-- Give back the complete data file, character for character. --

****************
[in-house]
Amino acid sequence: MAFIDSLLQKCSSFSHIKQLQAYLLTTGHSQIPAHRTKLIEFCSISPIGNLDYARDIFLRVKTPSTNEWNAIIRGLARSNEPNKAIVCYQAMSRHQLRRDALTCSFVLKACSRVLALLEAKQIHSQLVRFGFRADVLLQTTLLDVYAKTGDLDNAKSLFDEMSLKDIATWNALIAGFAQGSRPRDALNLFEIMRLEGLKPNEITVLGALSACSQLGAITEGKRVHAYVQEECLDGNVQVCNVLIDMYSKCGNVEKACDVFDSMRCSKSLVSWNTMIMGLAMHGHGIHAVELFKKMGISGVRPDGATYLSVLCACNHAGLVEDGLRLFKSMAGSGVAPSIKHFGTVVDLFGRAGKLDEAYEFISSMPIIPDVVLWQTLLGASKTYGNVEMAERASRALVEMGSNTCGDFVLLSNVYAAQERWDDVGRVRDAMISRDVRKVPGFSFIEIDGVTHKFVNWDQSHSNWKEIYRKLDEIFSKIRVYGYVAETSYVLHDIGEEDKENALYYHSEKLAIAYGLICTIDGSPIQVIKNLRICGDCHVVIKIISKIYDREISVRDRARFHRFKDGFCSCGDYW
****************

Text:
[in-house]
Amino acid sequence: MAFIDSLLQKCSSFSHIKQLQAYLLTTGHSQIPAHRTKLIEFCSISPIGNLDYARDIFLRVKTPSTNEWNAIIRGLARSNEPNKAIVCYQAMSRHQLRRDALTCSFVLKACSRVLALLEAKQIHSQLVRFGFRADVLLQTTLLDVYAKTGDLDNAKSLFDEMSLKDIATWNALIAGFAQGSRPRDALNLFEIMRLEGLKPNEITVLGALSACSQLGAITEGKRVHAYVQEECLDGNVQVCNVLIDMYSKCGNVEKACDVFDSMRCSKSLVSWNTMIMGLAMHGHGIHAVELFKKMGISGVRPDGATYLSVLCACNHAGLVEDGLRLFKSMAGSGVAPSIKHFGTVVDLFGRAGKLDEAYEFISSMPIIPDVVLWQTLLGASKTYGNVEMAERASRALVEMGSNTCGDFVLLSNVYAAQERWDDVGRVRDAMISRDVRKVPGFSFIEIDGVTHKFVNWDQSHSNWKEIYRKLDEIFSKIRVYGYVAETSYVLHDIGEEDKENALYYHSEKLAIAYGLICTIDGSPIQVIKNLRICGDCHVVIKIISKIYDREISVRDRARFHRFKDGFCSCGDYW